Ecuador “endemic” violence and discrimination
Ecuador “endemic” violence and discrimination are major public health issues, says UN human rights expert
GENEVA / QUITO (27 September 2019) – “Ecuador must act to advance the right to health by addressing key issues like violence and discrimination, while investing in a sustainable health system,” says visiting UN Special Rapporteur Dainius Pūras.
“Ecuador is in a good position to reach the health-related Sustainable Development Goals, but key elements need to be in place. Non-discrimination and participation in the healthcare system and beyond must become a reality,” said Pūras, the Special Rapporteur on the right to health, presenting his preliminary observations at the end of his 10-day visit.
“Violence against women and girls is endemic in Ecuador and remains one of the major public health threats. All violence must be addressed with determination and courage.
“I deeply regret that during my mission, the National Assembly voted not to decriminalise abortion in cases of rape. This decision is against human rights and modern public health principles and will only expose more impoverished girls and women to early pregnancies, unsafe abortions and maternal mortality. I strongly encourage the authorities to veto this decision and promote legislation that complies with human rights standards,” the Special Rapporteur said.
The Special Rapporteur commended a number of positive developments but also pointed to remaining challenges. He noted positively that the constitution guaranteed the right to health and that there had been significant investments in the health system infrastructure. He also called for a responsible legislative debate on the health code and the urgent adoption of a text complying with international human rights law.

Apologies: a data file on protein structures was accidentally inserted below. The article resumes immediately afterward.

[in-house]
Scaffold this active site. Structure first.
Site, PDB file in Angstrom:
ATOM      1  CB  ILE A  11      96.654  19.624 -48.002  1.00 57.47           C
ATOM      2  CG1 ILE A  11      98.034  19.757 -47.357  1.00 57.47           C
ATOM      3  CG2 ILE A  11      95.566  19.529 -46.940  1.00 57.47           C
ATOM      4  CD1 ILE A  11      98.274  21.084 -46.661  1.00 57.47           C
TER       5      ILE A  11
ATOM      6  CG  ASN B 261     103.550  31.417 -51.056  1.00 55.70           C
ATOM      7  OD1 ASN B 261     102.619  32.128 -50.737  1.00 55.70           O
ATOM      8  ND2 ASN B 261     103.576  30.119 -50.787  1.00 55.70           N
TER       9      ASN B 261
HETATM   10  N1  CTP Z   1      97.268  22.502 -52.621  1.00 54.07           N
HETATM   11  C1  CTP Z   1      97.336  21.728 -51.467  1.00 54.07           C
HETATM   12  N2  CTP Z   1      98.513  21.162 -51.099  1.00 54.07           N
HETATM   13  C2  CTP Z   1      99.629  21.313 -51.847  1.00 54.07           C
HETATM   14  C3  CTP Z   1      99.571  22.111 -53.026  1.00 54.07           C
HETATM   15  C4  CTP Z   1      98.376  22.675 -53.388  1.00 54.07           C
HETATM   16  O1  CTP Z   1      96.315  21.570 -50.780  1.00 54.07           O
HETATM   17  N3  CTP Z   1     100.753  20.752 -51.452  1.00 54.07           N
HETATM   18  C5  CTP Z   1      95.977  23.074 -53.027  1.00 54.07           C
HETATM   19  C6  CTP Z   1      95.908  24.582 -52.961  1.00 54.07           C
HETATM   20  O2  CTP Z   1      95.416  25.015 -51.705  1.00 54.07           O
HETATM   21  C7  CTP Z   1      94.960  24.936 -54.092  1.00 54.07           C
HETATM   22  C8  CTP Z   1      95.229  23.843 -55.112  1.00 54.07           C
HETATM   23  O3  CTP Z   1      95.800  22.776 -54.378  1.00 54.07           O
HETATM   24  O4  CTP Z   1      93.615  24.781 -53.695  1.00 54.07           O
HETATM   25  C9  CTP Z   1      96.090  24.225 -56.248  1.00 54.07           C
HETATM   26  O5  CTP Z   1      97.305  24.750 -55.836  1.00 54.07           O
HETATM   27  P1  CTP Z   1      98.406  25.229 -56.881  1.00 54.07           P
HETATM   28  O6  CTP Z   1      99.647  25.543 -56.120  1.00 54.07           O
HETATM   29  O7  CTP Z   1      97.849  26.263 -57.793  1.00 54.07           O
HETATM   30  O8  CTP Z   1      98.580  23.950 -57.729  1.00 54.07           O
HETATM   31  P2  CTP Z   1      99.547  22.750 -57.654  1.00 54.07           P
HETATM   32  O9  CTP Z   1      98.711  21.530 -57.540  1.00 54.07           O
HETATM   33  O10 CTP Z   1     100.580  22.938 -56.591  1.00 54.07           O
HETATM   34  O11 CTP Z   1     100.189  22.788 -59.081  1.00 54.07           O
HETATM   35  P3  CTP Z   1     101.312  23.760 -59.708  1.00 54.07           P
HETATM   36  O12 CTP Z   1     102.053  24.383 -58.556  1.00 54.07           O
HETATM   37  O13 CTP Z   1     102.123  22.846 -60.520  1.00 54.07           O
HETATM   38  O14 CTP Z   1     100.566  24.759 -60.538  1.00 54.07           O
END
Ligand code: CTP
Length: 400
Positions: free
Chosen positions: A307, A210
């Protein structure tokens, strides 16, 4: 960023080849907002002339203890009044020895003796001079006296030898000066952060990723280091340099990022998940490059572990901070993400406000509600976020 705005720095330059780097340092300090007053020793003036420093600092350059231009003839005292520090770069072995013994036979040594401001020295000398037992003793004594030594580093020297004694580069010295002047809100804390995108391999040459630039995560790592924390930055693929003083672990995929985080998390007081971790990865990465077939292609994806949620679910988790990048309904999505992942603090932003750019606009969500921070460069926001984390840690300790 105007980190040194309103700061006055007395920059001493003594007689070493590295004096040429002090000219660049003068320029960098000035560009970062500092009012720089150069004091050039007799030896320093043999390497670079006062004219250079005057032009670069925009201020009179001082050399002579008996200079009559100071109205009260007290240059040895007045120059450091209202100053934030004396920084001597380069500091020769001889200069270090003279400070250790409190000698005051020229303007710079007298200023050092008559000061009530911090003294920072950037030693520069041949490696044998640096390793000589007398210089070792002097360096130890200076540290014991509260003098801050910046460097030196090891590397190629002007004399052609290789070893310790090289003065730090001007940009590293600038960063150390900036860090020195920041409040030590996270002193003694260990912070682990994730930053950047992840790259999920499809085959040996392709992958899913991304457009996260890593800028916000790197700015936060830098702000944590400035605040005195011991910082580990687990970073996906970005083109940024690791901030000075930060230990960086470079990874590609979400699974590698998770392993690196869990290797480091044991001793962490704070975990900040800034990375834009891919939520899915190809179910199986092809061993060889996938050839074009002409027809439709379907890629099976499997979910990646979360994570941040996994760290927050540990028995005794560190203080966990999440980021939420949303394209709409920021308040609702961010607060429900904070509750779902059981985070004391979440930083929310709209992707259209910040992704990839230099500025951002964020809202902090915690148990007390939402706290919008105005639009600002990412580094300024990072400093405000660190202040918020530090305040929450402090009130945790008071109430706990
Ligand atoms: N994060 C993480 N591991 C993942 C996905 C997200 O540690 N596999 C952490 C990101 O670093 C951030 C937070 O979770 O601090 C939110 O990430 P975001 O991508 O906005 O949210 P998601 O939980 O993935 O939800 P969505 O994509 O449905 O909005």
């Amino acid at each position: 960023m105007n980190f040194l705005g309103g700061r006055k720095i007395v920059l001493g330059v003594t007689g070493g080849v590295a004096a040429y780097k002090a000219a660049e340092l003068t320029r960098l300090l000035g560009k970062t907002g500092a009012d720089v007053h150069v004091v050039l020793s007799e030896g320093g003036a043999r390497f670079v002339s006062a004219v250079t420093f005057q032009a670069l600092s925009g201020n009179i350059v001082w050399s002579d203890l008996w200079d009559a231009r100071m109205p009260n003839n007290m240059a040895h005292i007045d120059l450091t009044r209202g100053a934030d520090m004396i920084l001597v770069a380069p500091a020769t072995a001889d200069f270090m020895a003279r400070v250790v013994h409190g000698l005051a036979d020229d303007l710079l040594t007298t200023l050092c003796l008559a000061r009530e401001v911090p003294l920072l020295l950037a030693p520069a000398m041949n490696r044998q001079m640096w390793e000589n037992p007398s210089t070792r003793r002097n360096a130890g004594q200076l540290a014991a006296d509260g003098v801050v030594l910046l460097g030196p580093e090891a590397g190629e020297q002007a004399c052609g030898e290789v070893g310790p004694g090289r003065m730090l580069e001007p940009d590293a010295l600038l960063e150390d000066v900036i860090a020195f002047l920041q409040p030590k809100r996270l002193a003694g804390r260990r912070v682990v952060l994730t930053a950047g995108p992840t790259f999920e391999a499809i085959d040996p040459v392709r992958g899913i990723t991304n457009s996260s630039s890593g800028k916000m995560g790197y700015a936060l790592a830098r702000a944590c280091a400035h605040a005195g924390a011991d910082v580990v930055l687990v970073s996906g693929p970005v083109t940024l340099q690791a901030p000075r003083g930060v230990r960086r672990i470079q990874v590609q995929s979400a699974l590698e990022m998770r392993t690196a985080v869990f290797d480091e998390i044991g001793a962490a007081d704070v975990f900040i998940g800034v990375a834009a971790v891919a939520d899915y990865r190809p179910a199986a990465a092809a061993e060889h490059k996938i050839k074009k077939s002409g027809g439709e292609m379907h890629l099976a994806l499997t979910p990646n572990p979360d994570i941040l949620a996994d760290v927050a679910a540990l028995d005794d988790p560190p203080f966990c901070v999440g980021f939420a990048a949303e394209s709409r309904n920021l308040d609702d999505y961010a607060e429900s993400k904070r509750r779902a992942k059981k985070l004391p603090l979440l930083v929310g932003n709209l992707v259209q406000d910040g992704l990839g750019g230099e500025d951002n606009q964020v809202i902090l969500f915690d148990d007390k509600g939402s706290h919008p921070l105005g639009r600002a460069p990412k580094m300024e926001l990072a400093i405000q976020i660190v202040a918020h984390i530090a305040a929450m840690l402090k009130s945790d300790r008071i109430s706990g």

Pūras noted that women and girls, children and adolescents, members of LGBTI communities, people living with HIV/AIDS, and people on the move still faced specific challenges in realising their right to health. Indigenous peoples and Afro-Ecuadorian communities showed worse health indicators than the rest of the country.
Pūras stressed that investment in health care should continue to focus on making sure there was an available, accessible, acceptable and high-quality service for all, even in times of financial constraints.
“Budget cuts reported to me can be detrimental to the effectiveness and sustainability of the progress achieved so far and can add an additional strain to an already overburdened system,” warned Pūras.
The Special Rapporteur will submit a full report to the Human Rights Council in June 2020 on the main findings of his visit.